How to Stop Wheezing at Night

You get in your comfiest pajamas, lay down in bed, and curl up under the covers… and the coughing starts. You can’t seem to clear your throat, there’s a nonstop itchy and tingling sensation, and you end up feeling like you stayed up half the night coughing. What gives? What might be causing these nocturnal respiratory issues, and how can you stop wheezing at night so you can get the sleep you need?

What Causes Wheezing at Night?

First, let’s back up for a moment and differentiate between coughing and wheezing — because technically, they aren’t the same thing. More specifically, wheezing is more of a high-pitched, whistling type of sound. When this happens, it’s due to your airways tightening. It can happen when you’re breathing in or out, although it’s more prominent during exhalation.

But why is this happening? Well, there are a few potential culprits:

  • Asthma: Plus, it’s not uncommon for asthma symptoms to get worse at night.
  • Allergies: Any number of allergens can cause wheezing. Do you allow your pets into your bed? Their fur or dander might be making it hard for you to breathe. Additionally, what are your pillows and bedding made with? Are there any materials or stuffing that you might be allergic to?
  • Infection or illness: If you have coronavirus, a cold, or the flu, it might be making you wheeze at night.
  • Medication: Certain medications — like aspirin and beta-blockers — can trigger asthma symptoms.
  • Gastroesophageal reflux disease (GERD): With GERD, stomach acid repeatedly flows back into the tube that connects your mouth and stomach (your esophagus). This is called acid reflux, and it can agitate the lining of the esophagus. Because the windpipe becomes inflamed, it can make it difficult to breathe. Also, the acidity can trigger the vagus nerve, which ultimately tells the lungs to tighten. This might lead to wheezing.

On top of all of these potential triggers, bear in mind that in addition, wheezing can generally get worse when you’re laying down because this position can make it more difficult for your chest to rise and fall, making it harder to comfortably breathe.

So, what can you do about it?

How to Stop Wheezing at Night

All of this wheezing can not only lead to discomfort and even pain but it can also make it hard to get enough quality sleep at night. What are some ways to potentially alleviate your nighttime wheezing?

The best thing you can do is get to the source of the problem and address that. This means having a conversation with your healthcare provider to see what you might need — whether it’s an inhaler or a certain medication or something else entirely.

Beyond that, there are remedies for wheezing that you can try right at home:

  • Drink warm liquids: If congestion is contributing to your wheezing, warm liquids can help loosen up the secretions in your chest and sinuses, making it easier to breathe.


Woman drinking tea to stop wheezing at night


  • Ensure a proper humidity level inside your home: While it depends on who you ask, the ideal humidity level inside your home is somewhere between 30% and 50%. The point is to ensure that there’s enough moisture. If the air gets too dry, it can dry out and irritate your sinuses and airways.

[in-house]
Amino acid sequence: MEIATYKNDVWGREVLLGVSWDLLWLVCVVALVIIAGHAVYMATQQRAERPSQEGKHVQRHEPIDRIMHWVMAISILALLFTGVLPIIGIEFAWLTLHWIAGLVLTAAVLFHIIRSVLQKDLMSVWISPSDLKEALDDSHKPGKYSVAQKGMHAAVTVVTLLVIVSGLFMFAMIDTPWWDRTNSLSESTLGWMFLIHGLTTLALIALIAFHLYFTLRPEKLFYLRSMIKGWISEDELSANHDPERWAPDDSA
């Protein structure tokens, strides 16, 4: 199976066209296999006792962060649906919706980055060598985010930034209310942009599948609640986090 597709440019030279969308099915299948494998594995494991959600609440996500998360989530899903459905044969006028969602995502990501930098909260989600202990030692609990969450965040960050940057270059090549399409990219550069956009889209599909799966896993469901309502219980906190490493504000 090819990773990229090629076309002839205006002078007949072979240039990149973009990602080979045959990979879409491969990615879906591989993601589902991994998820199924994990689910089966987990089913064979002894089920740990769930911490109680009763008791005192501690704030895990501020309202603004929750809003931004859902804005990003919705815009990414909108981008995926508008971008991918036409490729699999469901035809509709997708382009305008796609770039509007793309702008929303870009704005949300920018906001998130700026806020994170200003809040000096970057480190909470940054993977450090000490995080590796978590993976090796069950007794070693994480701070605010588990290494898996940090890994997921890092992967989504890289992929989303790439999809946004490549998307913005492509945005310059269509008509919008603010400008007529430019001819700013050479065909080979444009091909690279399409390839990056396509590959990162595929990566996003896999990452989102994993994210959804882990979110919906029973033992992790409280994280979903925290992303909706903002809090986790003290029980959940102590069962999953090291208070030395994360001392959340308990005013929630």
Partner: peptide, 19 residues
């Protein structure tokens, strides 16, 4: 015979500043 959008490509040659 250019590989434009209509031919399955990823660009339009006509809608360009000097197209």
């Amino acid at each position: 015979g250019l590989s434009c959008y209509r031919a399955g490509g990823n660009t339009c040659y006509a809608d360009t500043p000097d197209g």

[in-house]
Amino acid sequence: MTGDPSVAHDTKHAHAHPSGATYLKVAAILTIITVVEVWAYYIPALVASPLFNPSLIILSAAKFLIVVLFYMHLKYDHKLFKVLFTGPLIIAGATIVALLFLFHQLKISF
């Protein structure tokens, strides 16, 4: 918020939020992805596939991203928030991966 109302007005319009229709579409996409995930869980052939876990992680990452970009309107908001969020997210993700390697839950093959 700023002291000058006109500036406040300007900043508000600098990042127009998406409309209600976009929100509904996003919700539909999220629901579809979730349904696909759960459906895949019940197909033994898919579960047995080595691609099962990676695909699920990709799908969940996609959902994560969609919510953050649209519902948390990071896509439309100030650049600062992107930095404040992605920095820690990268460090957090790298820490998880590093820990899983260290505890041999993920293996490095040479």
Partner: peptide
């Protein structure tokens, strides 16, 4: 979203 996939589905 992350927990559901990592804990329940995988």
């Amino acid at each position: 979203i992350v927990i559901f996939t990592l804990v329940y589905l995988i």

• Keep the temperature at a comfortable level: Sleeping in temperatures that are too warm or too cold can lead to a variety of issues. The Sleep Foundation says that the ideal temperature for slumber is 60 to 67 degrees Fahrenheit. 
  • Take a steamy shower or bath: Similar to drinking warm liquids, sitting in the steam from a shower or bath can help clear out mucus.
  • Avoid smoke: Whether you’re a smoker yourself, you spend time around smokers, you cook a lot of smokey foods, or you live in or near an area prone to wildfires, it’s time to take action. If you’re not sure if the air outside is safe to breathe, check it out on If you have to go outside or anywhere else there’s smoke, wear a mask!
  • Get more vitamin C: While more research is needed, one 2022 review found that consuming vitamin C might support the respiratory system of people with chronic obstructive pulmonary disease (COPD). This is because vitamin C is high in antioxidants. Try eating more oranges, kiwis, bell peppers, broccoli, spinach, and tomatoes.
  • Try breathing exercises: If you make a habit of working on your breathing, it might rid your lungs of stale air that has accumulated, it can increase your oxygen levels, and it can support your diaphragm in helping you breathe more efficiently.
  • Run an air purifier: An air purifier with a medical-grade HEPA 13 filter can help remove particles in the air that might be triggering your wheezing.

The Right Air Purifier Can Make All the Difference

If bedtime brings along with it uncontrollable wheezing that keeps you up, an air purifier can be a game-changer. In addition to using one with a HEPA 13 filter, look for multiple layers of filtration. This is important because no single layer will be capable of capturing particles that are both solids and gases.

You also want an air purification system that utilizes a replaceable filter, not a washable one. Washable filters might sound more cost-efficient, but they’re incredibly difficult to clean, you expose yourself to all of the nasty particles that they caught, and they can cause your device to run less efficiently — meaning it won’t be able to get the air as clean.

The Sans air purifier monitors the air quality in your home and runs as needed. It’s whisper quiet, so it won’t disturb you at night. When it’s time to change the filter, it’ll notify you, so that it can continue running at optimal levels. 

The air you breathe can have a significant impact on your overall health and wellness. Make it a priority with supreme air purification. Shop with Sans today.